Nonlinear Quality of Life Index

    Alexander Gorban (Department of Mathematics, University of Leicester, Great Britain) and Andrei Zinoviev (Curie Institute, France) compiled a non-linear index of quality of life in 171 countries of the world.

    They took four standard indicators from the Gapminder online database.for 2005 (GDP per capita at purchasing power parity, life expectancy for newborns, mortality per 1000 newborns, tuberculosis incidence per 100 thousand people) and analyzed the resulting structure. In this 4D space, there is a main curve that best passes through the “middle” of the data set. Accordingly, scientists projected the values ​​from the tables onto this curve and received a relatively objective rating of countries, taking into account all four indicators.

    Such ratings are usually compiled by the sum of indicators, taking into account the weight coefficient of each of them. The problem is that international organizations usually attract experts to determine the weight for each indicator - a certain subjective coefficient (as a result, according to Gorban and Zinoviev, the same Russia is lower than Kyrgyzstan and Turkmenistan in the rating of the quality of life of The Economist). A nonlinear index is most objective from a mathematical point of view. According to the scientists, the best linear index explains 75% of the variations in the data set, while their non-linear index explains 86%.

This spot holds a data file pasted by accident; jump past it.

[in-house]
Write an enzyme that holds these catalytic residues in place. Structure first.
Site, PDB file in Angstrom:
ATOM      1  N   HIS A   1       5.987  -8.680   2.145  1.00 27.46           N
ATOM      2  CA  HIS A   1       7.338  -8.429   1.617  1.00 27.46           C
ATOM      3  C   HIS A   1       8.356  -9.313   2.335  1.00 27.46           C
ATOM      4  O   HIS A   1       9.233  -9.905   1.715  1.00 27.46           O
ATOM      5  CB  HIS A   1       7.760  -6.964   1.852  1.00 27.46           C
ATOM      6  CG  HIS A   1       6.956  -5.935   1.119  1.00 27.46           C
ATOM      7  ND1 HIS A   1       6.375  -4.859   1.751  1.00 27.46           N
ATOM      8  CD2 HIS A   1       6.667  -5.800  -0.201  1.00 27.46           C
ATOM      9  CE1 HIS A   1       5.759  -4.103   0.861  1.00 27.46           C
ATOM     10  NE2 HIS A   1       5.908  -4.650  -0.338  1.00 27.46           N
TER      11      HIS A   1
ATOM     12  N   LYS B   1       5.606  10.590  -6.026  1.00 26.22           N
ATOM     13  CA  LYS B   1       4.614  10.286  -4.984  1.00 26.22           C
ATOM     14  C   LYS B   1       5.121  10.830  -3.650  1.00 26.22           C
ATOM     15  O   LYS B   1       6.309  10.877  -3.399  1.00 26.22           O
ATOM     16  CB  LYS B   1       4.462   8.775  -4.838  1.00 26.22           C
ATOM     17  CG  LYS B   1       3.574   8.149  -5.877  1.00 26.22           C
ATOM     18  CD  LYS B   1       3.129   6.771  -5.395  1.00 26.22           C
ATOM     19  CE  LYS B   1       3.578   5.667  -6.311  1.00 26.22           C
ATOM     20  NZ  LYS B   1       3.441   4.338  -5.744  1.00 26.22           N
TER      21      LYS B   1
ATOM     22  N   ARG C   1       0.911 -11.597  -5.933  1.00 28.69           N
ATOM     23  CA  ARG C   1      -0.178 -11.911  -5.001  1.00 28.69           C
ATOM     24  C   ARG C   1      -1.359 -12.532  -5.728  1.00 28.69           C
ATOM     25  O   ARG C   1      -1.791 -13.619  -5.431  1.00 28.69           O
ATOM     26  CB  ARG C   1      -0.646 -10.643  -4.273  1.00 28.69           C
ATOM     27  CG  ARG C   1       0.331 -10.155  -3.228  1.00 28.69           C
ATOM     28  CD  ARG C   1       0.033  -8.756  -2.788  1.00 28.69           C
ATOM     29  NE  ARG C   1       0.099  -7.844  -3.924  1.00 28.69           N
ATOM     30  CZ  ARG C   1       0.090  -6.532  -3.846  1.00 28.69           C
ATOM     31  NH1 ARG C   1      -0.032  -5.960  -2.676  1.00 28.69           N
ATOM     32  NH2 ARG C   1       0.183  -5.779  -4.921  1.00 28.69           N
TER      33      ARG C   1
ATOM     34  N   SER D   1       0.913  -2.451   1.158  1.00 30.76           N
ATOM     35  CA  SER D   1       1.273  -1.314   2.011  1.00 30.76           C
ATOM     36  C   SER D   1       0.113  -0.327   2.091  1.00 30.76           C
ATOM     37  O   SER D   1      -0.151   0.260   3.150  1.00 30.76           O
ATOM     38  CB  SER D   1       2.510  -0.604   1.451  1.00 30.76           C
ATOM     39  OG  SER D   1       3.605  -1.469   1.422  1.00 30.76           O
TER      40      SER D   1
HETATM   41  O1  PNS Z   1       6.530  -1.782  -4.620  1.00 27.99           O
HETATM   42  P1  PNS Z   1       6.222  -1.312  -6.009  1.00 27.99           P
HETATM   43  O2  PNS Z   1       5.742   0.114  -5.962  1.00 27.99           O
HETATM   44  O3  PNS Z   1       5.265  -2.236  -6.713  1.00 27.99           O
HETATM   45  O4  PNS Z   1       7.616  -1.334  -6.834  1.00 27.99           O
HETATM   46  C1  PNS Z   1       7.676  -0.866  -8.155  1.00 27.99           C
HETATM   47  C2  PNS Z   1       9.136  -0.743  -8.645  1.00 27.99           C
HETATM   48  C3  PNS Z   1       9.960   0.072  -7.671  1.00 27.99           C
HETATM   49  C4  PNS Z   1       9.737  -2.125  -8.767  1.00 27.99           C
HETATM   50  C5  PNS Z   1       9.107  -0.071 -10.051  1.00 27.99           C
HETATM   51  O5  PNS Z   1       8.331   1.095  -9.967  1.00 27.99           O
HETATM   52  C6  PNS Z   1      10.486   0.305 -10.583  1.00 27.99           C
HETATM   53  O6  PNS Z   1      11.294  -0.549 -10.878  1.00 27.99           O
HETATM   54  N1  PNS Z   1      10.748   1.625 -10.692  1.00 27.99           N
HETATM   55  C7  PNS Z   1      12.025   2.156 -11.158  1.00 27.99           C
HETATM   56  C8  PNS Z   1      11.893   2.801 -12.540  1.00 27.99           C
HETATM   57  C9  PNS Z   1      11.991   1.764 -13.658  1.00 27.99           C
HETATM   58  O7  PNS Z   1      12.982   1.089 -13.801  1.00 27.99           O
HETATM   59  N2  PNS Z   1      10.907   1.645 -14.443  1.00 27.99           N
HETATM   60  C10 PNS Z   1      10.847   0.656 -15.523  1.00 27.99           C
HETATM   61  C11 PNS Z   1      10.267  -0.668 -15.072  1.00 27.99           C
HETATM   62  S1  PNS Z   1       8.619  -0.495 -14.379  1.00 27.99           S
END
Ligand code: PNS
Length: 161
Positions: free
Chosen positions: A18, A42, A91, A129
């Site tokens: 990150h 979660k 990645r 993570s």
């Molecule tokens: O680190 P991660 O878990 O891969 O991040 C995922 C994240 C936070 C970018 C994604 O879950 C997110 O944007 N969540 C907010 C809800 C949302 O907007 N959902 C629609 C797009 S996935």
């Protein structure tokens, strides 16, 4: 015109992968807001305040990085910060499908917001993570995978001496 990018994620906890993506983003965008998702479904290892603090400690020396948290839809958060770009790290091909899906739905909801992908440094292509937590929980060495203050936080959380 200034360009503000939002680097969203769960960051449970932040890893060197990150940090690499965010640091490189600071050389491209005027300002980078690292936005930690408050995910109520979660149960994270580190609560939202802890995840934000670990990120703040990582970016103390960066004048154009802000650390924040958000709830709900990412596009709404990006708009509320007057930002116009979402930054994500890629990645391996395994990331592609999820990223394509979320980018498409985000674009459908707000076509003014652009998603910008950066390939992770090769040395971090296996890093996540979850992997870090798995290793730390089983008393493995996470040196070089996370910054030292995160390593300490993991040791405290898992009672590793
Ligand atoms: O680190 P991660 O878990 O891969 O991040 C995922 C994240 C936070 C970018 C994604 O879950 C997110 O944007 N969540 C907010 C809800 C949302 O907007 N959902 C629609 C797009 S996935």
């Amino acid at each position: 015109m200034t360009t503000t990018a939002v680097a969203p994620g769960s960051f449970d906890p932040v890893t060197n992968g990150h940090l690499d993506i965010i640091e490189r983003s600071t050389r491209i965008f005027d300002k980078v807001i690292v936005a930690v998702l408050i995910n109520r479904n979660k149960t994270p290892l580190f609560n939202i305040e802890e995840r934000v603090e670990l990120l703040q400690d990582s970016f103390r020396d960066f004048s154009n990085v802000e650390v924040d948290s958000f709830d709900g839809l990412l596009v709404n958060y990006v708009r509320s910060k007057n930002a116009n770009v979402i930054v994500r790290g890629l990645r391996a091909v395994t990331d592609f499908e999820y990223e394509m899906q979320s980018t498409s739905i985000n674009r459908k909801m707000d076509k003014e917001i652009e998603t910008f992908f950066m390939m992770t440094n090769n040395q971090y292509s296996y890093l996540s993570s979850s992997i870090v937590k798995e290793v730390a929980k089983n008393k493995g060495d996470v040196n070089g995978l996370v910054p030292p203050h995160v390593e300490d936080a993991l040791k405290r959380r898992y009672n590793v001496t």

With regard to specific results, the maximum non-linear index of quality of life was shown by Luxembourg (0.892) and Norway (0.647). The United States was only in fifth place (0.575), Belarus - in 69th (0.105), Russia - in 79th (0.073).

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